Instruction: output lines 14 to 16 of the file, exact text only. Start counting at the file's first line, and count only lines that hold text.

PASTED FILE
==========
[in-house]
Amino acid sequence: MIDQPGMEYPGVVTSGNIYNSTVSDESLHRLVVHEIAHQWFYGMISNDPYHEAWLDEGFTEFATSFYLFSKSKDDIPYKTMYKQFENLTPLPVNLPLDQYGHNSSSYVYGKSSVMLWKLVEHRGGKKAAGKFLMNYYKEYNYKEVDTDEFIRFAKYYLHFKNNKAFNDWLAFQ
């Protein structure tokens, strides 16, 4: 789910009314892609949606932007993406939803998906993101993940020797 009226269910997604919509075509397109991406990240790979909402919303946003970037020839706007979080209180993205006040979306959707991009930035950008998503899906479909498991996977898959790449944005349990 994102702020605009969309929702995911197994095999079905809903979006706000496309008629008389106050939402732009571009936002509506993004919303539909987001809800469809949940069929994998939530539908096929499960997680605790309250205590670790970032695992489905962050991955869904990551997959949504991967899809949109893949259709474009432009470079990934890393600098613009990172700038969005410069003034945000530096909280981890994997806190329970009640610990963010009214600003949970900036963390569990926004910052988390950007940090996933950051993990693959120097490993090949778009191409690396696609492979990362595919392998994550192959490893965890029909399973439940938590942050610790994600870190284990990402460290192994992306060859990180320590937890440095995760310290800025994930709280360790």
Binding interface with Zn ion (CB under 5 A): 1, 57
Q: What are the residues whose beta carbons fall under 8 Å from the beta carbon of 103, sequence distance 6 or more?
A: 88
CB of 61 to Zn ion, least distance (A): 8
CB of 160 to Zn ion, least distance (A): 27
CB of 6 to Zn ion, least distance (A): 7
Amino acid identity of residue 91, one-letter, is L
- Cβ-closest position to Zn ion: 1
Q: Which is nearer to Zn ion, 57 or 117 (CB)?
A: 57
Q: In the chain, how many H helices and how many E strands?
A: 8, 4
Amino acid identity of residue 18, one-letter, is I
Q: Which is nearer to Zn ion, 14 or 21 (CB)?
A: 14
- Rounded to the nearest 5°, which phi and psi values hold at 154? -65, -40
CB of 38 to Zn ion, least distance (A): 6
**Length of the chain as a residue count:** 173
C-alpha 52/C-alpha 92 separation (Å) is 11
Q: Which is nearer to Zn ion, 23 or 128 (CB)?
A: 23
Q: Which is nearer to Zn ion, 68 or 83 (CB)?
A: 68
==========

Q: In the chain, how many H helices and how many E strands?
A: 8, 4
Amino acid identity of residue 18, one-letter, is I